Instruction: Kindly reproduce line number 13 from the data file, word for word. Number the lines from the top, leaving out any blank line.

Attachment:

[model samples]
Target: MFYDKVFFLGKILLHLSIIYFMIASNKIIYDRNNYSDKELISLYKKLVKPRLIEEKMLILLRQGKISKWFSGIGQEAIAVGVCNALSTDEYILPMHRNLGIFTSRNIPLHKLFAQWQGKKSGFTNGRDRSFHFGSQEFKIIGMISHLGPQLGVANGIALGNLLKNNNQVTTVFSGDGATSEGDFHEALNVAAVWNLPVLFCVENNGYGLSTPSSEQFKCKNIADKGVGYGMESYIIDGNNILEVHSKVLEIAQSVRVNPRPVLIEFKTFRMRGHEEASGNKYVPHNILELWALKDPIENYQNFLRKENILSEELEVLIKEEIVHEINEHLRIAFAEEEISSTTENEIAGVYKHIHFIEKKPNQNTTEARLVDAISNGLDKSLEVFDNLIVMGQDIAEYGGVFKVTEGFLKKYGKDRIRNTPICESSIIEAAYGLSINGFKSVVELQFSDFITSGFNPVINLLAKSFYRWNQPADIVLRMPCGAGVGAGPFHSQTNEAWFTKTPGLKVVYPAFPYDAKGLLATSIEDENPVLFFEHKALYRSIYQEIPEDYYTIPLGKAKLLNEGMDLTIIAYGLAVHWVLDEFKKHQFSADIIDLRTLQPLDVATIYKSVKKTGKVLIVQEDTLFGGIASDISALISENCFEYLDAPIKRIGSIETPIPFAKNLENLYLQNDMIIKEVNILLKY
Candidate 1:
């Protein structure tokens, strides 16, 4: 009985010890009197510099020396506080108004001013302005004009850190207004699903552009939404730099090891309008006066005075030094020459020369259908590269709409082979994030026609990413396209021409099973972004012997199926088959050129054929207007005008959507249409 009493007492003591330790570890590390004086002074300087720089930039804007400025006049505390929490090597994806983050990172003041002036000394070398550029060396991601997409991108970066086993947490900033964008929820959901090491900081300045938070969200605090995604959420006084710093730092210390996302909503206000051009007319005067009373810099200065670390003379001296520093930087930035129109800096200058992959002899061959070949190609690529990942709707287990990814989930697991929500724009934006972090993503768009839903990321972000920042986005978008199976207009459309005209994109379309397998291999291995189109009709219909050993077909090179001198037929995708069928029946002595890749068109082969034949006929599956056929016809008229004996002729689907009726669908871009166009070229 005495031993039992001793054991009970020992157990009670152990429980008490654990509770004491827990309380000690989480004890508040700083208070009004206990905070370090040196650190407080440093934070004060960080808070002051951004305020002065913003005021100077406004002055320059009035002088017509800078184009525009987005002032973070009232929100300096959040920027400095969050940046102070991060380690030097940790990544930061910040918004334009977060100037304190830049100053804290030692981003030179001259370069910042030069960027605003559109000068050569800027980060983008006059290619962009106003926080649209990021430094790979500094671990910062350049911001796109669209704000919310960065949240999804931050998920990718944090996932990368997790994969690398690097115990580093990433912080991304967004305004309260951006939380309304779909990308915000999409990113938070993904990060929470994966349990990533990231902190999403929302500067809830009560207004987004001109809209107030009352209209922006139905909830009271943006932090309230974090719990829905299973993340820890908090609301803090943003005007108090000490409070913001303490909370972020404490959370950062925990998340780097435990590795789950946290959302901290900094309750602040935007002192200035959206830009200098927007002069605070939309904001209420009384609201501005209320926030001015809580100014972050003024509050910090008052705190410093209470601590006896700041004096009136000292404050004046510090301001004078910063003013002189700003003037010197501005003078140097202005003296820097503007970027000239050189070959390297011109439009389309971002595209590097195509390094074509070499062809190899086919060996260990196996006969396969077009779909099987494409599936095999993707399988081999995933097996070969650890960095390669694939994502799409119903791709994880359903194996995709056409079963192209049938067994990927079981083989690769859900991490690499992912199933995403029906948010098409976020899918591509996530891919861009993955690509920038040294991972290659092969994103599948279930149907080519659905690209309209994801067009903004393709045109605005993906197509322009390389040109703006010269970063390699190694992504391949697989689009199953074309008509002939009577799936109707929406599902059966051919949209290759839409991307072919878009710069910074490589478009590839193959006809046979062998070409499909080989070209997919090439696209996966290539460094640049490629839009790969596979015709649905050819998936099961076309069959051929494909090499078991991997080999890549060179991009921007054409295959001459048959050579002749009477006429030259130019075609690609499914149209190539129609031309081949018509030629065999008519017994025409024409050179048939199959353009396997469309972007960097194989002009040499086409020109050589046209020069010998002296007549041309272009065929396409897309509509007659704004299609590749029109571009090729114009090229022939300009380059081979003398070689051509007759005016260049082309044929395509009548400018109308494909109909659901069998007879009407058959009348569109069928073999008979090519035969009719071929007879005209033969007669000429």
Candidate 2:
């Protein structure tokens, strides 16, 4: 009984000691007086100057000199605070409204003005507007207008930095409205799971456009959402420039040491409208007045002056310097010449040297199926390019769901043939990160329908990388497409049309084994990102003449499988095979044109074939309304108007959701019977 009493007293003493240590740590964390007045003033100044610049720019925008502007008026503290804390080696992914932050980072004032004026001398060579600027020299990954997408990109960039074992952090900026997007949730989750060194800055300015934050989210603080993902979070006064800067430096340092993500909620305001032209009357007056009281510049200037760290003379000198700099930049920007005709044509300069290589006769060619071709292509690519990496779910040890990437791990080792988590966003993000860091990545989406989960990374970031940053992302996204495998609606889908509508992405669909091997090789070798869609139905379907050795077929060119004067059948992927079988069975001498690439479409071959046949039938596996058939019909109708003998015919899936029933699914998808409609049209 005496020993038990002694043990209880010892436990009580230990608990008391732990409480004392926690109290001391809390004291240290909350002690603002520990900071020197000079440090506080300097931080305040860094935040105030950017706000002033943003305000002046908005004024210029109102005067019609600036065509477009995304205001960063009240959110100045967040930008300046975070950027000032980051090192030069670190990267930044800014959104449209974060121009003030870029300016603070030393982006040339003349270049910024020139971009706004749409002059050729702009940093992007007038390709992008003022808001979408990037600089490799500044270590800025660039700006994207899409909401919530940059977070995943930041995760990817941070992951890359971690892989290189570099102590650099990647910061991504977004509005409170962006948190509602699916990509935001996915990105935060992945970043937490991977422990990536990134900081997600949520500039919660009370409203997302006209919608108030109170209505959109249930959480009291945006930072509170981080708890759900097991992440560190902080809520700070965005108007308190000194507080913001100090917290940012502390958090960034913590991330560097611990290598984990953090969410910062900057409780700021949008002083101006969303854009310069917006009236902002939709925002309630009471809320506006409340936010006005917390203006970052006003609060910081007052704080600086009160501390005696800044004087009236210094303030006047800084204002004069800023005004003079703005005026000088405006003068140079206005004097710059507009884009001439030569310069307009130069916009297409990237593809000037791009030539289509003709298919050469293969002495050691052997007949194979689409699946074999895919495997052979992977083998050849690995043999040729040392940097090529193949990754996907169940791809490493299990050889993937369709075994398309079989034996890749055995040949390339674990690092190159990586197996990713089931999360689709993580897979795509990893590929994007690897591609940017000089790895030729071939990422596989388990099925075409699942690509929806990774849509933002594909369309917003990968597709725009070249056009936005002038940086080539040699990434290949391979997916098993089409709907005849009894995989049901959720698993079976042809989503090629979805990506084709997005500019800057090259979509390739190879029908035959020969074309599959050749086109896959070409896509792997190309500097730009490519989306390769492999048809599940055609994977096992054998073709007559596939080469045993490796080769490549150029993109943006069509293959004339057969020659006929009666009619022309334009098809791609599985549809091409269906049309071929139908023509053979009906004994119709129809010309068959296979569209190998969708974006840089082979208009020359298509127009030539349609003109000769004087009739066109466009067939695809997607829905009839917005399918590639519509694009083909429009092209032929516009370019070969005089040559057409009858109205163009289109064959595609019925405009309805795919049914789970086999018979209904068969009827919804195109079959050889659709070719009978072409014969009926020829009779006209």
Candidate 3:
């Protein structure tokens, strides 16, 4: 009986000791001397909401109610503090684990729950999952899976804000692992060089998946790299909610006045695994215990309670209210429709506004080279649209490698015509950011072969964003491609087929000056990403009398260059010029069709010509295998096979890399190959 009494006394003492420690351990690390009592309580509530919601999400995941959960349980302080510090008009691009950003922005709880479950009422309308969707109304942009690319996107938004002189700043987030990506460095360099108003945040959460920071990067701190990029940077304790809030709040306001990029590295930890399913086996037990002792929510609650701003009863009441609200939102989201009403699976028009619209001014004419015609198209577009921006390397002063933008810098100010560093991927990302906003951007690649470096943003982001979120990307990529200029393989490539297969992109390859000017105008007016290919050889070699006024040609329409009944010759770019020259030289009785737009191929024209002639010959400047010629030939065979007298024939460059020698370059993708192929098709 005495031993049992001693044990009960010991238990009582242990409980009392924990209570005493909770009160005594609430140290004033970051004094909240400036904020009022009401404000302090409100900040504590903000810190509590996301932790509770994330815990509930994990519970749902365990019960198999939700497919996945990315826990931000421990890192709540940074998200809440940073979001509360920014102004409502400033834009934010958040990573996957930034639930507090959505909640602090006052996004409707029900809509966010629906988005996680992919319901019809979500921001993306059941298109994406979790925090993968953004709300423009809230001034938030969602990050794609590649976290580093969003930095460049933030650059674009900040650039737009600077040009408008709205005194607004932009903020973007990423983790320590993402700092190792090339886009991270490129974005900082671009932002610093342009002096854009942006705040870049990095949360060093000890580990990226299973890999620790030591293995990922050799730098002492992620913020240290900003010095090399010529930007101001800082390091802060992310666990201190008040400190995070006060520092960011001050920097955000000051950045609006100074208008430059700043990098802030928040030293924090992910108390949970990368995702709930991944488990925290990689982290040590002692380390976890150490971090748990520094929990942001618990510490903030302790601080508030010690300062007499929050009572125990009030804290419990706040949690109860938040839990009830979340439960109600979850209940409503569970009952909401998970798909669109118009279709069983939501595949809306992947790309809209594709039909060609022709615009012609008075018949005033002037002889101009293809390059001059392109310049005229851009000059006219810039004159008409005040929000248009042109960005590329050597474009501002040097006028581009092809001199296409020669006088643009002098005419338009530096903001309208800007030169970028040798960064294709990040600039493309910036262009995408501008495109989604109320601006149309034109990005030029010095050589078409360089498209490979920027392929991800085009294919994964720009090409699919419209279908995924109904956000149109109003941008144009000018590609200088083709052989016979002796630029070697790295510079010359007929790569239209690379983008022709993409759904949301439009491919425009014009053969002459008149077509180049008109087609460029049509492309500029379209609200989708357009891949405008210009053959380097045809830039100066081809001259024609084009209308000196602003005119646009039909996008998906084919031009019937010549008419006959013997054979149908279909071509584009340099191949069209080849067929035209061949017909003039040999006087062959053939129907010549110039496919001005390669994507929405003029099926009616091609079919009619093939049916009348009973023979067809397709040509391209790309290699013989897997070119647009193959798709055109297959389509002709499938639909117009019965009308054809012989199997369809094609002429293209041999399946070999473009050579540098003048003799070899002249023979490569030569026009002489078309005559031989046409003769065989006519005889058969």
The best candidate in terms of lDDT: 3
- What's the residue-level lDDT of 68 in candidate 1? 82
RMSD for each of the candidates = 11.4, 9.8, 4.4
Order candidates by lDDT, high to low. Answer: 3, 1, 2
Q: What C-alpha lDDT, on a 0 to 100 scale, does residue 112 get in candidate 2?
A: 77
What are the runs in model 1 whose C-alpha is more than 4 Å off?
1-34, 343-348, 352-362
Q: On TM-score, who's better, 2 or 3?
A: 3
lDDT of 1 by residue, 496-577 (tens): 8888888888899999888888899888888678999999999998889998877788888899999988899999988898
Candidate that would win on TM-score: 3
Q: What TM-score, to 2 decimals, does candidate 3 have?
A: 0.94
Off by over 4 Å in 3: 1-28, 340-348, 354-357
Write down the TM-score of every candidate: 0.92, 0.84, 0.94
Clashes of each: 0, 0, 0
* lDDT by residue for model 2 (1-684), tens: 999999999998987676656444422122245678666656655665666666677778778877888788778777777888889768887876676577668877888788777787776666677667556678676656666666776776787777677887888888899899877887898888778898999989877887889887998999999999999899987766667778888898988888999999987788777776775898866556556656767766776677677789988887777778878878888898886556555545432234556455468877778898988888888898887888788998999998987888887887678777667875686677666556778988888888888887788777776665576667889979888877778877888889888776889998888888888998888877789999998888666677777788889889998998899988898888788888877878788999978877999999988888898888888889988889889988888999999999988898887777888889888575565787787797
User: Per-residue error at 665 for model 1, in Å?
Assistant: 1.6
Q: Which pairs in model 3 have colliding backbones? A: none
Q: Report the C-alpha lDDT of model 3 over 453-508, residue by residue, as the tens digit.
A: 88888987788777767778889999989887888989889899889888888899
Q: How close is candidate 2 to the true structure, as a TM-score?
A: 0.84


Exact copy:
Q: What C-alpha lDDT, on a 0 to 100 scale, does residue 112 get in candidate 2?